After consolidating his position following re-election, Jeremy Corbyn will be the man leading Labour into the next General Election. Buoyed by an even greater margin of victory, he and Shadow Chancellor John McDonnell unveiled their vision for Britain with an ambitious £10-per-hour living wage and proclaimed their belief in an interventionist economic policy. Nowadays however, one can’t help but feel that any policy pledges made by Labour are a mere side act to the perpetual circus that is Jeremy Corbyn and his followers.
On an almost weekly basis, the MP for Islington attends political rallies where he is met with rapturous applause and celebration. We might ponder over the usefulness of such rallies. The Conservatives held fewer than 5 public rallies under David Cameron, they have also been in power for 6 years, and in all probability they will govern for much longer. This epitomises the Labour stance under Corbyn. It is hard left hot air that resonates with trade unionists, students, and those who think Tony Blair is the worst war criminal in history. The problem is that ideology and sincerity (and I do not doubt Mr Corbyn’s sincerity) do not win elections. In today’s world, one must be calculating, exploitative and pragmatic to assume power. Tony Blair recognised this all too well, as his election performances attest to. It is regrettable how the left has attempted to whitewash his domestic record.
Furthermore, Centrism or left of centre have now incorrectly become synonyms of Blairism, in turn affiliating anyone who is remotely near the centre ground with the more odious aspects of Tony Blair’s premiership. The Iraq war was not a centrist policy, but other substantial successes were undoubtedly spawned from left wing ideals adapted to fit a modern nation state. During the Blair years, millions of children and pensioners were relieved from poverty through tax credits and social welfare. These are the kind of things possible with a Labour leader in power and such successes must not be ignored simply because they are the fruits of a now reviled figure.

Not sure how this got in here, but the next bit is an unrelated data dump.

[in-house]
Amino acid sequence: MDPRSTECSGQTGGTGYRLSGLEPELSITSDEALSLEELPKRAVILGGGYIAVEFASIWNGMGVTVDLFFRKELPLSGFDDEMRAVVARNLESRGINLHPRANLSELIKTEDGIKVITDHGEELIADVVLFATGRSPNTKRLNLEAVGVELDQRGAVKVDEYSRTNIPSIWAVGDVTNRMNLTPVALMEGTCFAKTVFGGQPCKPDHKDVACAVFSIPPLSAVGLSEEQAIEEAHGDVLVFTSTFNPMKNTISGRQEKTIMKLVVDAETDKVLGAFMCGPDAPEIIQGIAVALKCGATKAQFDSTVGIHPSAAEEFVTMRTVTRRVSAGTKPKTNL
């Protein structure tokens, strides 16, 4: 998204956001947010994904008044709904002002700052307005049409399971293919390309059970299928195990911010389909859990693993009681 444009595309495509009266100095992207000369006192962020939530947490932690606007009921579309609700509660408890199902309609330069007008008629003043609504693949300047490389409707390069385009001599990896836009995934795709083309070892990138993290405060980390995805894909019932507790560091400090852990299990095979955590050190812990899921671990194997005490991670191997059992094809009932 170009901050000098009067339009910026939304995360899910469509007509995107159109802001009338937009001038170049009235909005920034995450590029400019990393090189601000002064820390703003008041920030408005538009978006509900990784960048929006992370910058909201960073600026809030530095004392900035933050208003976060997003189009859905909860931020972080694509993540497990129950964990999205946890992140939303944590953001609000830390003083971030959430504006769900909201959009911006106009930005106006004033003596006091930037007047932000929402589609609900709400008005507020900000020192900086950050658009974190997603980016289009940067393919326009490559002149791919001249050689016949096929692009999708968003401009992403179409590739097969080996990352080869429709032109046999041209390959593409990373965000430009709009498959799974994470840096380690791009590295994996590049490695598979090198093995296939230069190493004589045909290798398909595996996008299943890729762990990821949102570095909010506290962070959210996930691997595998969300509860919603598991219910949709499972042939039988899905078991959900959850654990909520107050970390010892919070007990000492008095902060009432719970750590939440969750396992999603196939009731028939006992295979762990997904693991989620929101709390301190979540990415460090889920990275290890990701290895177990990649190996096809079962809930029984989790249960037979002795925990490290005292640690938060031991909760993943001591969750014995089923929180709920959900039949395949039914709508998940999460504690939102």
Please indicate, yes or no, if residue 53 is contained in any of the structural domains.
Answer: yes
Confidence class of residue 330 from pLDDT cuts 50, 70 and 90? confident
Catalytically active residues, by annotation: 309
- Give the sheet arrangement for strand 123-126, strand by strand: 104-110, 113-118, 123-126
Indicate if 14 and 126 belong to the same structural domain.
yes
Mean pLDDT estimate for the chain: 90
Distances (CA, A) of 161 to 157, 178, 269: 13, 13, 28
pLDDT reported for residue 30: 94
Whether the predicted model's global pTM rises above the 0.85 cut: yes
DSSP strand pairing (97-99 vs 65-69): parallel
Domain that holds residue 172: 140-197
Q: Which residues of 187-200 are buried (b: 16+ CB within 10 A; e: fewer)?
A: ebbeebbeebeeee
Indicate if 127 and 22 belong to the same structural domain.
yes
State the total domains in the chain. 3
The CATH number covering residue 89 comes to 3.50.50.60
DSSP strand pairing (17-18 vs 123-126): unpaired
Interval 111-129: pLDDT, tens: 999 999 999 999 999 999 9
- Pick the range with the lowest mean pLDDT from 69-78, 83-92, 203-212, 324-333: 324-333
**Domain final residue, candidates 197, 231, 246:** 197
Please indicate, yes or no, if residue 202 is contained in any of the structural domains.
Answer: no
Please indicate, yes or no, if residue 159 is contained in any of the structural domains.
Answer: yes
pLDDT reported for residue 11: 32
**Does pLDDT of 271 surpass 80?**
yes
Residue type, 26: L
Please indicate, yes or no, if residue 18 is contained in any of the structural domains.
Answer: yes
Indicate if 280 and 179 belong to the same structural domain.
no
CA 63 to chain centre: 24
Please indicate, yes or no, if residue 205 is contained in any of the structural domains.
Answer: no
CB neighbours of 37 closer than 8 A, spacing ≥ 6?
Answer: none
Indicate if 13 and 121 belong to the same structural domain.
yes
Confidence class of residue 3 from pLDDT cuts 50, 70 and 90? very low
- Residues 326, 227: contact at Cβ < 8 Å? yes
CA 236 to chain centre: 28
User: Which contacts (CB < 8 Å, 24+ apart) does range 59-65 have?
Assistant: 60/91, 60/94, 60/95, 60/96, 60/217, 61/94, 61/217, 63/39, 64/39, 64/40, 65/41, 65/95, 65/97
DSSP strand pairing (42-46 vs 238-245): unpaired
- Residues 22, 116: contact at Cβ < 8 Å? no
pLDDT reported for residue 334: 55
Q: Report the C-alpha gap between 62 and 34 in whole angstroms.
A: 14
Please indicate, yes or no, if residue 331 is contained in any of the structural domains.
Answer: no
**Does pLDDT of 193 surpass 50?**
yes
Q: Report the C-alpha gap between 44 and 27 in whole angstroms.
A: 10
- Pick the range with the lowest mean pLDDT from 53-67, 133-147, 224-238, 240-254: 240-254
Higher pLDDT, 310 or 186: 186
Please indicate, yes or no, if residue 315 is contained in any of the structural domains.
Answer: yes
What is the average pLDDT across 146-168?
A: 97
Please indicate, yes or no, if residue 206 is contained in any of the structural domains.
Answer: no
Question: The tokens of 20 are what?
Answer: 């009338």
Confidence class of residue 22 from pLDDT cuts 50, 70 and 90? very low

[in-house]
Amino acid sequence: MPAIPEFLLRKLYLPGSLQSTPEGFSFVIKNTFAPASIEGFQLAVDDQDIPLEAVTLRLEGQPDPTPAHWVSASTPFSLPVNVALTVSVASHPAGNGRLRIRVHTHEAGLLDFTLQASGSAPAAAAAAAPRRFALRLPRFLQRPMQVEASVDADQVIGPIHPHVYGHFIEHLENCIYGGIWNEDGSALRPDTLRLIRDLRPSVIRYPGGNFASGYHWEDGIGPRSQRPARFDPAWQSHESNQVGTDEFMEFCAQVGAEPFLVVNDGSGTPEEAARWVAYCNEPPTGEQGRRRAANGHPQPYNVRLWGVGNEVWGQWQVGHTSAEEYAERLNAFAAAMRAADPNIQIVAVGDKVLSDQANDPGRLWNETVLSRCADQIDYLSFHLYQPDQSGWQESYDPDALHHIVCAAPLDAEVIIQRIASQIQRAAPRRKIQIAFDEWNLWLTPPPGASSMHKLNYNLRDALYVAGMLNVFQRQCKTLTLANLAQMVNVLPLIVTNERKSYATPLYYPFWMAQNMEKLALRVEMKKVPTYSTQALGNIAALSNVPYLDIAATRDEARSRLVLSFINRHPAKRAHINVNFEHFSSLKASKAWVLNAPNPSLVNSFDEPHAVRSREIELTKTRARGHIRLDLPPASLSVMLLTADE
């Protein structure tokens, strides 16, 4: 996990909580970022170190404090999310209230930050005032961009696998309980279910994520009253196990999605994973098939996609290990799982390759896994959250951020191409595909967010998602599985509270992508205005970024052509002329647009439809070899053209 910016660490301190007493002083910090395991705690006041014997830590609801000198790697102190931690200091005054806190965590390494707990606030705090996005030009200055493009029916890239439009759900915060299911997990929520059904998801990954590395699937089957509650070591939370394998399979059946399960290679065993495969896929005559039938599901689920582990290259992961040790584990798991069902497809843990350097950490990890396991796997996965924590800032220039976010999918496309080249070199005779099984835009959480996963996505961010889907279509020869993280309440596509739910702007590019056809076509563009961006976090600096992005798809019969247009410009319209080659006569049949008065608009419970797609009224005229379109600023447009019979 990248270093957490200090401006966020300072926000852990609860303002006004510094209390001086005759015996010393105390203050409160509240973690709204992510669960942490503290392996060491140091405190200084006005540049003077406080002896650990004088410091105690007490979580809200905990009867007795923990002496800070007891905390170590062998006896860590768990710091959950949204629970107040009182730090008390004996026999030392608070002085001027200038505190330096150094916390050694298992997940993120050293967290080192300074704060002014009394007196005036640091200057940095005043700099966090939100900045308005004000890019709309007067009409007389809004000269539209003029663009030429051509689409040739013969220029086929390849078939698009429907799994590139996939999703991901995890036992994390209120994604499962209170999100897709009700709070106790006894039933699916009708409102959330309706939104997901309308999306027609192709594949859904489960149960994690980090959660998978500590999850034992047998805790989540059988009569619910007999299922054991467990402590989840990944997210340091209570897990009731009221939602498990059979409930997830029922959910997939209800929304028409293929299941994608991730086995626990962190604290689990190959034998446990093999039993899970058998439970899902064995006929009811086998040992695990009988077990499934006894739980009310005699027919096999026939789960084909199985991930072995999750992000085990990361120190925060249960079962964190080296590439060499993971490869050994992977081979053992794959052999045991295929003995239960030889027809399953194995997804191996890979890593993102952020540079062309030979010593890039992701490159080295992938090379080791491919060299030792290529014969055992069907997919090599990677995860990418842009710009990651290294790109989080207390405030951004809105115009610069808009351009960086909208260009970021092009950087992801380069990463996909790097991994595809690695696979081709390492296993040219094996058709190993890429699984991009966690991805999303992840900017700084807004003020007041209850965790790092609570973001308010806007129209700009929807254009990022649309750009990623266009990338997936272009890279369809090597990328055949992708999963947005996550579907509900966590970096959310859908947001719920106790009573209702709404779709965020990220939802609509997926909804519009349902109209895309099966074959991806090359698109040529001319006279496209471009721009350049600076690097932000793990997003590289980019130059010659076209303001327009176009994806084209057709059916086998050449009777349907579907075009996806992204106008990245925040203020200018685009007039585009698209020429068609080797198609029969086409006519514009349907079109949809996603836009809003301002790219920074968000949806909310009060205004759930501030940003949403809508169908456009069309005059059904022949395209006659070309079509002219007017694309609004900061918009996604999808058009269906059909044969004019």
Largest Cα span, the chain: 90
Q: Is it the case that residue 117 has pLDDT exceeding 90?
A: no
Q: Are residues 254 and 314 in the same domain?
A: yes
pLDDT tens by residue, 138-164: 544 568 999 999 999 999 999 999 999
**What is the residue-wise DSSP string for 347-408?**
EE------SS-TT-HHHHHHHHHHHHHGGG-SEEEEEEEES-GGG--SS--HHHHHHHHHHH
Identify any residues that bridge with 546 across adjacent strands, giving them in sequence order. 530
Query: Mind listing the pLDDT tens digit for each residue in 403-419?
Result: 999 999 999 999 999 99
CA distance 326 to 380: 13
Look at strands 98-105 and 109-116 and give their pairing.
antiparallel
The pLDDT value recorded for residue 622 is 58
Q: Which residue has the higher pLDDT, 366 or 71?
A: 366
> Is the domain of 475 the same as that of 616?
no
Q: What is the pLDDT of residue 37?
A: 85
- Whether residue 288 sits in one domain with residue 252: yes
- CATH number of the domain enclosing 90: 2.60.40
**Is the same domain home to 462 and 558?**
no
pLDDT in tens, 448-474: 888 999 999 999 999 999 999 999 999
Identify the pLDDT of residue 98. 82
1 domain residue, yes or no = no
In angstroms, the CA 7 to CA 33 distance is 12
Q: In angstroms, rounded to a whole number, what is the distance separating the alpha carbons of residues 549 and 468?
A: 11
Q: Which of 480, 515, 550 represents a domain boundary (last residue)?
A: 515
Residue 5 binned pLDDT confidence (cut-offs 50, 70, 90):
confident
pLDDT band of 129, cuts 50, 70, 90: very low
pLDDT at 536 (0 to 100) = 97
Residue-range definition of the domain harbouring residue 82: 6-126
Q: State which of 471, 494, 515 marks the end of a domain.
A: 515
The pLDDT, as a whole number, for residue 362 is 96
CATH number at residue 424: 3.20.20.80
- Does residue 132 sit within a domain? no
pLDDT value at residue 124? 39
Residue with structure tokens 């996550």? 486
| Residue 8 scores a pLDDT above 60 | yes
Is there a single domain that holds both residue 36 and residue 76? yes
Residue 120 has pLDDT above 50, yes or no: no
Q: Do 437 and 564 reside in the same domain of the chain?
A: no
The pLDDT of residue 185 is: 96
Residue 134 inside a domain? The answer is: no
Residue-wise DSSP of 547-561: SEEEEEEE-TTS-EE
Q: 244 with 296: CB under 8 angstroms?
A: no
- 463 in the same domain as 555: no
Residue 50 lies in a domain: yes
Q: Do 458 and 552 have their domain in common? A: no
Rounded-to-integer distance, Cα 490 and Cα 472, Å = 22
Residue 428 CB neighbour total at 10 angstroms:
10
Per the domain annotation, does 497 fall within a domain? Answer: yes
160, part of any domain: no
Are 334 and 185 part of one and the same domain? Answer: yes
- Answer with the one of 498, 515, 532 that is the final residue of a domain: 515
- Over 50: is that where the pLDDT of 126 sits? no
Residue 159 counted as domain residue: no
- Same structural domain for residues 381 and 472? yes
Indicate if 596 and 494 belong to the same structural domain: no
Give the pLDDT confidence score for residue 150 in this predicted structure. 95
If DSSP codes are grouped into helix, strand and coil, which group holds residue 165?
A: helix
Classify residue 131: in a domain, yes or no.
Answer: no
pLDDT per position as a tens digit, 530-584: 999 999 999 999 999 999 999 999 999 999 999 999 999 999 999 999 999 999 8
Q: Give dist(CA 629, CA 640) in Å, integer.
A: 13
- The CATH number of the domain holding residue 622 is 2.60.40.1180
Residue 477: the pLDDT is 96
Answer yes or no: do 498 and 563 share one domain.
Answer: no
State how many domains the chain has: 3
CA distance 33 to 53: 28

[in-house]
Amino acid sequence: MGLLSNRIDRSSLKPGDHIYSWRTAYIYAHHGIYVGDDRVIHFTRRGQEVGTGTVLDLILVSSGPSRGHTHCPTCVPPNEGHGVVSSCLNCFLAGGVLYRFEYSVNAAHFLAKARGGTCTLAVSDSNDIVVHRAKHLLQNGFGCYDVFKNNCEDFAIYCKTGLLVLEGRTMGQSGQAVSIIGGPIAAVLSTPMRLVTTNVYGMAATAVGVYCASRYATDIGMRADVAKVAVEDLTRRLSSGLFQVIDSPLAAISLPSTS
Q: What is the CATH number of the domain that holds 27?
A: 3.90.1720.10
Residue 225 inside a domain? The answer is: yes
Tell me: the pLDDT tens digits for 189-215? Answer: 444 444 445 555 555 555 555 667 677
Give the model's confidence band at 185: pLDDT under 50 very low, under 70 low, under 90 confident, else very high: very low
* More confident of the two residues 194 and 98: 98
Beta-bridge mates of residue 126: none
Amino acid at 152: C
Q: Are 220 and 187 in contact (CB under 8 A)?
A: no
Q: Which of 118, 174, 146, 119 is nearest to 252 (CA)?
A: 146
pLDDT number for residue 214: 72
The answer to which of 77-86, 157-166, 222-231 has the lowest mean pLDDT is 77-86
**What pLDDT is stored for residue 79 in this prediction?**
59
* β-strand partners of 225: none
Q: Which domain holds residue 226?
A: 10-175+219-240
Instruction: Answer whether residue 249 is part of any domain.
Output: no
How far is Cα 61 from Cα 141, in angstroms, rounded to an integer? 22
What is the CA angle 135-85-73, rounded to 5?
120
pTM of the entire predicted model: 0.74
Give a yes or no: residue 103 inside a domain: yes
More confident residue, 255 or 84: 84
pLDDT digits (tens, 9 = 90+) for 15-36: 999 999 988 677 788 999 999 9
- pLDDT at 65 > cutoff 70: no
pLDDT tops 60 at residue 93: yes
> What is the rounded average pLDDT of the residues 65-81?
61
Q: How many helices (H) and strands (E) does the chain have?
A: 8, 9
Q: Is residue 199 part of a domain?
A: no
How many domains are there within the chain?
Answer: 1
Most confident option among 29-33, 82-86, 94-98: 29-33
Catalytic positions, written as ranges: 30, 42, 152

The success behind Tony Blair’s successive elections are not obscure complexities, they are strikingly obvious: positioning one’s self in the middle ground. The country does not have the appetite for far left politics, but that is not to say that it cannot embrace certain left wing ideals. This is the greatest difference between the two men: the recognition that modern politics is not all about ideology. It is much more about appeal across the whole political spectrum. The left in Britain today has become a protest group rather than a threat to the incumbent. Until this changes we will continue to feel the effects of a Conservative Party with a free pass enforcing a programme of unnecessary austerity affecting the most vulnerable in our society.
(Image courtesy of The Independent)